November is Native American Heritage Month. Visit National Archives News for more information on related events and resources. Today’s post comes from DongEun Kim, a conservator at the National Archives.
Just under two years ago, I joined the staff of the National Archives as a conservator to focus exclusively on records and documents. It was a departure from my previous experience in museum work and fine art conservation. At the time, I may have felt a secret fear that the work would somehow be less interesting. Instead, I have found the opposite to be true.
The notion of “preserving history” has become literal, and it is constantly exciting to be a part of such an infinite challenge. One specific difference stands out in particular—this work is personal. There is a direct and immediate correlation between the treatment of a document and the use of that record in enriching someone’s knowledge of their own history. I was recently privileged to experience the personal nature of our work in a profound way.
I was born and raised in Seoul, Korea, and became an American citizen in 2016. In order to become a U.S. citizen, one has to learn a bit about American history and government. It was not an extensive study, but enough that I thought I had an appreciation for the importance of what we do here at the National Archives. When I started working here on a project to digitize NARA holdings of treaties, I had a very basic understanding of the history of the United States and the hundreds of Native American tribes.
In July of this year, I visited the Navajo Nation Museum in Window Rock, Arizona, to bring back to NARA the 1868 Navajo Treaty, which was the centerpiece of an exhibition commemorating the 150th anniversary of the treaty between the Navajo Nation and the U.S. Government.
When I arrived in the Navajo Nation, saw Window Rock and the Navajo Nation Museum, and met the people who came to meet and work with me (they were all Navajo), I realized that I’d had no idea—no idea how or where the Navajo people lived, no idea of their culture, and most importantly, no idea how deeply they value this culture and history, and consequently, this treaty. I was about to gain new understanding.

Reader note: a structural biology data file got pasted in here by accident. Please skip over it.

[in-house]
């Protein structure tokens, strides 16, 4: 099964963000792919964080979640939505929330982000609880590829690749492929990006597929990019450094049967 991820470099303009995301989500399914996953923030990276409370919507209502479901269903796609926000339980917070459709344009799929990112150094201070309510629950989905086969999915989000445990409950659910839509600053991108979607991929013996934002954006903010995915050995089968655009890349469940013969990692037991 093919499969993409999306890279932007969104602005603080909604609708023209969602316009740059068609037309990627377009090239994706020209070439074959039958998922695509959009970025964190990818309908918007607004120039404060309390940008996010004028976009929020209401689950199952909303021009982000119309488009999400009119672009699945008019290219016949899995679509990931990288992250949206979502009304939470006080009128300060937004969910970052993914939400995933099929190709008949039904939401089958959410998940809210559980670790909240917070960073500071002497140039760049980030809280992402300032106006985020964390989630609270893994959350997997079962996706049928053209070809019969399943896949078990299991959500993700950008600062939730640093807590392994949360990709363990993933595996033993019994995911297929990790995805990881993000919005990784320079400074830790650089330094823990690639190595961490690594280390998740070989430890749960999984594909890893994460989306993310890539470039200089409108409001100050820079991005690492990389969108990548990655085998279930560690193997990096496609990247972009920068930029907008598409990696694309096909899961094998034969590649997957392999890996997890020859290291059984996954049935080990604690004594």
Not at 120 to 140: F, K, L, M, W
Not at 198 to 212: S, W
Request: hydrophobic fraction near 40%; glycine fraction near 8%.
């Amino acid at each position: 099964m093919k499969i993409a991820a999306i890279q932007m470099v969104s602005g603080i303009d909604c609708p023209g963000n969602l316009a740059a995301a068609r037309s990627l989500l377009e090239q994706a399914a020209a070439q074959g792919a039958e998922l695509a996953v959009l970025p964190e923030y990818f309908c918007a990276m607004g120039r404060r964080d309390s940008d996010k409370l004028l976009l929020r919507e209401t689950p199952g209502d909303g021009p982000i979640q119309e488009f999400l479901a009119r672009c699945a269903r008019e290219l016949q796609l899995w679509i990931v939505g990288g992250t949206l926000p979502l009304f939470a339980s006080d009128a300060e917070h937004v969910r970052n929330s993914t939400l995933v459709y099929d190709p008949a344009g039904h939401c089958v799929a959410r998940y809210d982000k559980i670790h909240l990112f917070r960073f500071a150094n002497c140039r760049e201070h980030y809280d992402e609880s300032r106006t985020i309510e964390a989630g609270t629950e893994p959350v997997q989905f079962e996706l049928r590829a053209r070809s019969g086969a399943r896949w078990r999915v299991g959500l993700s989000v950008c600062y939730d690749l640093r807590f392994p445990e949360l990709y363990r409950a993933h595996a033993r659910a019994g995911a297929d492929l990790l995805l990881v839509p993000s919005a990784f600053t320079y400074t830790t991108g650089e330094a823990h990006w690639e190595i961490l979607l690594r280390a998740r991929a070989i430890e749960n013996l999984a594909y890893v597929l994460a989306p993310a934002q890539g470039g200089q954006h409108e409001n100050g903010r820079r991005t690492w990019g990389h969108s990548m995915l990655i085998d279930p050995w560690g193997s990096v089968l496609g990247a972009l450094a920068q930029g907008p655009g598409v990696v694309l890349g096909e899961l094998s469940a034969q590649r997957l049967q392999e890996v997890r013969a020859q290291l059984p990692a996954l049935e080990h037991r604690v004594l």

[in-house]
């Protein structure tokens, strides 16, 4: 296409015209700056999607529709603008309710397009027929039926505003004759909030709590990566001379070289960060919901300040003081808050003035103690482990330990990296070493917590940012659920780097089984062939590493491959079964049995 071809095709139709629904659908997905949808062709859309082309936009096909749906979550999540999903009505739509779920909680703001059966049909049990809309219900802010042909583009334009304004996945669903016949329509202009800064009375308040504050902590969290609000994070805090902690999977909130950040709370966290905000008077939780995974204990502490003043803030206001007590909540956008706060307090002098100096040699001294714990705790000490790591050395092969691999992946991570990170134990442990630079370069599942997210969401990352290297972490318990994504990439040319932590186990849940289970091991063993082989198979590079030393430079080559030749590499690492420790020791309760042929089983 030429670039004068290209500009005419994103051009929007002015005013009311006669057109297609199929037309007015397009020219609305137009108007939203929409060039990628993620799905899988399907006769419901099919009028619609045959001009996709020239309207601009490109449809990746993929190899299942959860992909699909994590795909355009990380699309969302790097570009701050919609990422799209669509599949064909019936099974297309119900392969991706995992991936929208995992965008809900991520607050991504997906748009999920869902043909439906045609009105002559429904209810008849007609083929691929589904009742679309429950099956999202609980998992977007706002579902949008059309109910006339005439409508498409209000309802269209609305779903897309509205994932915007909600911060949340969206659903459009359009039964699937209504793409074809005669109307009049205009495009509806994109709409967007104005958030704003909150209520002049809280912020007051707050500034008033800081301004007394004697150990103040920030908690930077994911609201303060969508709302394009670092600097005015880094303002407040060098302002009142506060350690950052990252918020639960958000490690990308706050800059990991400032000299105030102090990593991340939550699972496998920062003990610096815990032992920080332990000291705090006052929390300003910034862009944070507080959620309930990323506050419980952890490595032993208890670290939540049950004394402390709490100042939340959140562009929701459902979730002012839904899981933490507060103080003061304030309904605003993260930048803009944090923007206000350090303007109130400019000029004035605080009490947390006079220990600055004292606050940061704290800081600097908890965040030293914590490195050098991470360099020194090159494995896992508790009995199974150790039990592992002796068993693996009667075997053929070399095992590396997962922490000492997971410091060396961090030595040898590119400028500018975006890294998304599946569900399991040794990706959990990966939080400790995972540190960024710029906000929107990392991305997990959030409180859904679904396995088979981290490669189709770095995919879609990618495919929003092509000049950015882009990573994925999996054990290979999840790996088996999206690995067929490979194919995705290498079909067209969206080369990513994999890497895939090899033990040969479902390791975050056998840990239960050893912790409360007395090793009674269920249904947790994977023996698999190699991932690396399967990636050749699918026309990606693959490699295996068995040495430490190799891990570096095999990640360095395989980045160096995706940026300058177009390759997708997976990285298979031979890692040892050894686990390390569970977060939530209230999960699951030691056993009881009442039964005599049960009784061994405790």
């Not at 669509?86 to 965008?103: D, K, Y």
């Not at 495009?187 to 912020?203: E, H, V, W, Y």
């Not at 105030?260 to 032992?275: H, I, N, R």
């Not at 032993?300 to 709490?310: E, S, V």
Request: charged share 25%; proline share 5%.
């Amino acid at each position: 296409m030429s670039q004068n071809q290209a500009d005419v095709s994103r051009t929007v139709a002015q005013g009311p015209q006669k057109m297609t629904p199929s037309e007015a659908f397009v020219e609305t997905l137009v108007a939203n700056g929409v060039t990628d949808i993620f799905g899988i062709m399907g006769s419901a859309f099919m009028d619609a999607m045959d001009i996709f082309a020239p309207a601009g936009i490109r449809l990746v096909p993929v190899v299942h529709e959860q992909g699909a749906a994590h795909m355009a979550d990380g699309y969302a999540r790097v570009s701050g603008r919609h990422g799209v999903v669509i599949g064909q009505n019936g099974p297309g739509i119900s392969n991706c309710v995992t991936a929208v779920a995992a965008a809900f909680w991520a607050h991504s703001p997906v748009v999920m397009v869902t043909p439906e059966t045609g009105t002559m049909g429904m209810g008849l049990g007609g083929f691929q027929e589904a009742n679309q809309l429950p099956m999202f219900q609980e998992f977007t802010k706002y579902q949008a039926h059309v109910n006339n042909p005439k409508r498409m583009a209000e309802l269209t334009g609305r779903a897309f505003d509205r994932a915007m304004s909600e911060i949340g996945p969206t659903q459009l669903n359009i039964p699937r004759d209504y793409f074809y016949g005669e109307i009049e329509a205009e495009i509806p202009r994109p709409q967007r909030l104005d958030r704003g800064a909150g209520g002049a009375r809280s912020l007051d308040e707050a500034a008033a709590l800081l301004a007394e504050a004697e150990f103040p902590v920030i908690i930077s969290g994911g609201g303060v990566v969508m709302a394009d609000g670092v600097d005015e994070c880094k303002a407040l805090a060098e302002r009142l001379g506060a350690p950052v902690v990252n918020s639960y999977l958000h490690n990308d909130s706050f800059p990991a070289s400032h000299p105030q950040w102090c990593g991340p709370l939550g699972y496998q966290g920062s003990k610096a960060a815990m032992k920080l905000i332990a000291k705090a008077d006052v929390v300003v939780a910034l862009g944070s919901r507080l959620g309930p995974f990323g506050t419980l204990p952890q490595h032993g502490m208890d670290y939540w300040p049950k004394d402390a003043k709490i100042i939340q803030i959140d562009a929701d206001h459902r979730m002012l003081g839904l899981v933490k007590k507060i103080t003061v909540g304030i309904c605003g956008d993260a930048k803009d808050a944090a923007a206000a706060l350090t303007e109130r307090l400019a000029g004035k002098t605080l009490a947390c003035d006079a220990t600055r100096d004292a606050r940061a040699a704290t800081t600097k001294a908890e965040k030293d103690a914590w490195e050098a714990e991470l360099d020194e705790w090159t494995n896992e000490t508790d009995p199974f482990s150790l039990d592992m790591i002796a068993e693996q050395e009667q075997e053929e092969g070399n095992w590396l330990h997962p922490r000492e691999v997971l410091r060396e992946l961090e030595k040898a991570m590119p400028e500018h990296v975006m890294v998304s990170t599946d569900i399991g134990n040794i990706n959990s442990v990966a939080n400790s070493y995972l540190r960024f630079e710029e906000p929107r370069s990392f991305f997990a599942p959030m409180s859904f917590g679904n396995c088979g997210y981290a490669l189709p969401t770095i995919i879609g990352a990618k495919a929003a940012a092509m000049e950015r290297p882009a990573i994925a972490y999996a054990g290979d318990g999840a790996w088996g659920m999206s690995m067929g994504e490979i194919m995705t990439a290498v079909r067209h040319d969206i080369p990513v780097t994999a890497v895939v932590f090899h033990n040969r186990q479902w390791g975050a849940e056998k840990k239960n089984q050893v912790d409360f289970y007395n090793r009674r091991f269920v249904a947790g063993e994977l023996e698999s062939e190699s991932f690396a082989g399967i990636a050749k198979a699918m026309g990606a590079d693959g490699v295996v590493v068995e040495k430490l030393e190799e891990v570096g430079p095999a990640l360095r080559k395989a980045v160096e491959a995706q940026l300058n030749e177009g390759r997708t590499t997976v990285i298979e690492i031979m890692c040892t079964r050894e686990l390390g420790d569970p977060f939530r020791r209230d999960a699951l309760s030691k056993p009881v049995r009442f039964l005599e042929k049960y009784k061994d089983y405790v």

Upon my arrival at the museum, I walked through the gallery space to check the environmental conditions and exhibition displays. I noticed boxes of tissues placed by the entrance and exit doors. Manuelito Wheeler, the Director of Navajo Nation Museum, explained that the Navajo people become emotional viewing the exhibition, and many people cry as they walk through the gallery.
This exhibition was quite short, and the total Navajo Nation population is roughly 350,000, yet the month-long showing saw 26,000 visitors through the galleries. That’s a lot of tears.
The exhibit itself described the history of the Navajo and the Nation’s struggles culminating in the 1868 treaty:
By the early 1860s, Americans of European descent began settling in and around Navajo lands, leading to conflict between Navajo people on one side and settlers and the U.S. Army on the other. In response to the fighting, the Army created a plan to move all Navajos from their homeland.
The forced removal of the Navajo, which began in January 1864 and lasted two months, came to be known as the “Long Walk.” According to historic accounts, more than 8,500 men, women, and children were forced to leave their homes in northeastern Arizona and northwestern New Mexico. In the dead of winter, they made the 300-plus-mile trek to a desolate internment camp along the Pecos River in eastern New Mexico called the Bosque Redondo Reservation, where the military maintained an outpost, Fort Sumner. Along the way, approximately 200 Navajos died of starvation and exposure to the elements.